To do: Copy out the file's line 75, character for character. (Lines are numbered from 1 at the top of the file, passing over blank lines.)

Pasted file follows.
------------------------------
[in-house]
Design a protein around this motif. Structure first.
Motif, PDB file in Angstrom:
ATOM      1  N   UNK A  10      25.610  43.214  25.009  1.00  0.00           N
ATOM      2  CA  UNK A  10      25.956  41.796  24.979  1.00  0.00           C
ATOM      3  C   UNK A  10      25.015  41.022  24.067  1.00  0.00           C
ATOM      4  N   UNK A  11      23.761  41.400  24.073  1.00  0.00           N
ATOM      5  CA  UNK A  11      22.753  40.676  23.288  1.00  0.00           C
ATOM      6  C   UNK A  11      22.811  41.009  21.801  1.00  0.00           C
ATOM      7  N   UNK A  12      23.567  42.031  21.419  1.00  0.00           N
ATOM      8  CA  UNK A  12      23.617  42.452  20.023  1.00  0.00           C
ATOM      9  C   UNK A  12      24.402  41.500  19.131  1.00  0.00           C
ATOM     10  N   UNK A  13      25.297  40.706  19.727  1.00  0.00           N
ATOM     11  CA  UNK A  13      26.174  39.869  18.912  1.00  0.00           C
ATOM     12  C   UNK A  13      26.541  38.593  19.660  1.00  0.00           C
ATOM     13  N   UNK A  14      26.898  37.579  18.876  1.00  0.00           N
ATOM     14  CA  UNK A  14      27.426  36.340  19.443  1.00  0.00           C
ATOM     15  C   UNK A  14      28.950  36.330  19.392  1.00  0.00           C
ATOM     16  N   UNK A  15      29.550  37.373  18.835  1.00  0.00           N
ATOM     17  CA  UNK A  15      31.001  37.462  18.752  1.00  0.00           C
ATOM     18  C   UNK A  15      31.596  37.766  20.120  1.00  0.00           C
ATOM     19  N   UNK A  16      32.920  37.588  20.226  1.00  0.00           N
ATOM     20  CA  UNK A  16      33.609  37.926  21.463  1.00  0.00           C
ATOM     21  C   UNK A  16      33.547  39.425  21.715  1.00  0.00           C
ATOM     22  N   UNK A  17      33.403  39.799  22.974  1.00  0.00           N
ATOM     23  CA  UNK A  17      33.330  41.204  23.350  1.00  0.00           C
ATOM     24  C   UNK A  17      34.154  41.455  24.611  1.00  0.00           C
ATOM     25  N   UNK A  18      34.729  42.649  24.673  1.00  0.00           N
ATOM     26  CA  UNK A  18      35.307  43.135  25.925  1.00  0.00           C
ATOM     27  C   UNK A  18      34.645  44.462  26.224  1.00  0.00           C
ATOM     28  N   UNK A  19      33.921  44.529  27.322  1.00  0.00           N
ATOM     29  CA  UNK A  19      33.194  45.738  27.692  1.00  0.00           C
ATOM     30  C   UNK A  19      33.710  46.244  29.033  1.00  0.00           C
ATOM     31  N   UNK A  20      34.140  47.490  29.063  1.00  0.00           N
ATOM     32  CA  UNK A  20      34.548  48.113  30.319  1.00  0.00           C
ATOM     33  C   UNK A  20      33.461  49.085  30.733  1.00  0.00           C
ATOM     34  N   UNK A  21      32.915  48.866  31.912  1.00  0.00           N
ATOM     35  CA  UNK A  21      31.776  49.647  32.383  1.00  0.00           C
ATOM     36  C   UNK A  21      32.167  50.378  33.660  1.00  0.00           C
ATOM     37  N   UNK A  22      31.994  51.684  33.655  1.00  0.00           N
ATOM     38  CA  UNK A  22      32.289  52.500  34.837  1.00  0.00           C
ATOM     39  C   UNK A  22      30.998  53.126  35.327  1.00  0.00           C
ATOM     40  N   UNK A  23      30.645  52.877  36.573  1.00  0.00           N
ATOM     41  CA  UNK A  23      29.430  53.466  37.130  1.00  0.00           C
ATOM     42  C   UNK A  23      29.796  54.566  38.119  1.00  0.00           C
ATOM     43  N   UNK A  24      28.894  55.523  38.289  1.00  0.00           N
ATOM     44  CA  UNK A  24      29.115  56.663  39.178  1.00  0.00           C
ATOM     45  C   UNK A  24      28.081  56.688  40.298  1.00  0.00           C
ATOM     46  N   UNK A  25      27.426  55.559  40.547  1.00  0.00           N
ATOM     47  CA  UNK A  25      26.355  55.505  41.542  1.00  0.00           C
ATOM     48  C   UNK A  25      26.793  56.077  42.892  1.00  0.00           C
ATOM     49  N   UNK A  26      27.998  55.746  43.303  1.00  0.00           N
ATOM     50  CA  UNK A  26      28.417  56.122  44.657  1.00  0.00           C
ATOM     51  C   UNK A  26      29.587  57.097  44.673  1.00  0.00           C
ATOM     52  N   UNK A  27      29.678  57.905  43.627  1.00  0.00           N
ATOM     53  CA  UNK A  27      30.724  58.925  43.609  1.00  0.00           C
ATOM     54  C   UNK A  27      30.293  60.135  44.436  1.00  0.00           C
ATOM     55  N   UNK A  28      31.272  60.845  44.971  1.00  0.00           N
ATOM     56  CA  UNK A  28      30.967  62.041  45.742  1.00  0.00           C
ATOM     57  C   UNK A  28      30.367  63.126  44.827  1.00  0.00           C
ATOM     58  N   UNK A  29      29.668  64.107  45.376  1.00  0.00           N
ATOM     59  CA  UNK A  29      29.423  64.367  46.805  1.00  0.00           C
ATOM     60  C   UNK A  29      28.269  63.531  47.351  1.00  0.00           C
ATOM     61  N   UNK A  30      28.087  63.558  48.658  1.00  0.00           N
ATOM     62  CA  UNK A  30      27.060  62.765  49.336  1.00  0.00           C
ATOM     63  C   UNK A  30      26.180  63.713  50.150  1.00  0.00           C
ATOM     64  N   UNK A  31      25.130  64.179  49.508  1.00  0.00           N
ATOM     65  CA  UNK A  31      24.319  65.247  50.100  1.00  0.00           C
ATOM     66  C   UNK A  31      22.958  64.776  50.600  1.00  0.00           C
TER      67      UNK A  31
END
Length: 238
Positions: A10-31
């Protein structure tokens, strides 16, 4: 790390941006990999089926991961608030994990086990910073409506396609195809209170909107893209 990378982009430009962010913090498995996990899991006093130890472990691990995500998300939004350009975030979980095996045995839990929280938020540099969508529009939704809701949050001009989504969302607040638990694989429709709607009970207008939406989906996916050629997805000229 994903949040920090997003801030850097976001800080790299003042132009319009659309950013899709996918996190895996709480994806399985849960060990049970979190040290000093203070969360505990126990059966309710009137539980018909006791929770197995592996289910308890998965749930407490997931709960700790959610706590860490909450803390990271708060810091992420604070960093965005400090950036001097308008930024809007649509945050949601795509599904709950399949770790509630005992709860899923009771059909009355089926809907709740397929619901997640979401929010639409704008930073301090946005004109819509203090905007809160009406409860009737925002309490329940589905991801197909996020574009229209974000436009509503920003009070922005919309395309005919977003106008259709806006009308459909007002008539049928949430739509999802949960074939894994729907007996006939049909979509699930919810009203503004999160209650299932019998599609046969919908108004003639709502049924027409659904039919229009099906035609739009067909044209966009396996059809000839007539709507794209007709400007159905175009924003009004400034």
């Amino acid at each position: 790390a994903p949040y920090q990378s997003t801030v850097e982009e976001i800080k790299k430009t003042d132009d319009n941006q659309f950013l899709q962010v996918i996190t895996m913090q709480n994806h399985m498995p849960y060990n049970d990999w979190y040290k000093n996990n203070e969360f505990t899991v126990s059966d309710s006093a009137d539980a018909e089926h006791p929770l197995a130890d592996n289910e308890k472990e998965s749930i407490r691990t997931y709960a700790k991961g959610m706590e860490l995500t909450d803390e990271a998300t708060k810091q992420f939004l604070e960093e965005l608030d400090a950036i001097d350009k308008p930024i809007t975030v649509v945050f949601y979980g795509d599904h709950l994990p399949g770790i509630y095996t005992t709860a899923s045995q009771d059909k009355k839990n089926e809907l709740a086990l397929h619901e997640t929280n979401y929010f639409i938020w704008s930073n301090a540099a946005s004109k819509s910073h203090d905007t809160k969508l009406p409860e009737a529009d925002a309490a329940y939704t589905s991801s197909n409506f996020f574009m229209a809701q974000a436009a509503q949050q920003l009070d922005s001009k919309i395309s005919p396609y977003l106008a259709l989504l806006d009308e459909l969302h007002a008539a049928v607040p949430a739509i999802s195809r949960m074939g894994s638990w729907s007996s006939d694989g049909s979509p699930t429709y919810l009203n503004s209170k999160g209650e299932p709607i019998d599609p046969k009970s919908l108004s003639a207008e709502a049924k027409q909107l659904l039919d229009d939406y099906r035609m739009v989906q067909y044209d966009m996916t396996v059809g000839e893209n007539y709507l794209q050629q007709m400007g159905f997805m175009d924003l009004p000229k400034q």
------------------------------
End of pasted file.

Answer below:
């Amino acid at each position: 790390a994903p949040y920090q990378s997003t801030v850097e982009e976001i800080k790299k430009t003042d132009d319009n941006q659309f950013l899709q962010v996918i996190t895996m913090q709480n994806h399985m498995p849960y060990n049970d990999w979190y040290k000093n996990n203070e969360f505990t899991v126990s059966d309710s006093a009137d539980a018909e089926h006791p929770l197995a130890d592996n289910e308890k472990e998965s749930i407490r691990t997931y709960a700790k991961g959610m706590e860490l995500t909450d803390e990271a998300t708060k810091q992420f939004l604070e960093e965005l608030d400090a950036i001097d350009k308008p930024i809007t975030v649509v945050f949601y979980g795509d599904h709950l994990p399949g770790i509630y095996t005992t709860a899923s045995q009771d059909k009355k839990n089926e809907l709740a086990l397929h619901e997640t929280n979401y929010f639409i938020w704008s930073n301090a540099a946005s004109k819509s910073h203090d905007t809160k969508l009406p409860e009737a529009d925002a309490a329940y939704t589905s991801s197909n409506f996020f574009m229209a809701q974000a436009a509503q949050q920003l009070d922005s001009k919309i395309s005919p396609y977003l106008a259709l989504l806006d009308e459909l969302h007002a008539a049928v607040p949430a739509i999802s195809r949960m074939g894994s638990w729907s007996s006939d694989g049909s979509p699930t429709y919810l009203n503004s209170k999160g209650e299932p709607i019998d599609p046969k009970s919908l108004s003639a207008e709502a049924k027409q909107l659904l039919d229009d939406y099906r035609m739009v989906q067909y044209d966009m996916t396996v059809g000839e893209n007539y709507l794209q050629q007709m400007g159905f997805m175009d924003l009004p000229k400034q």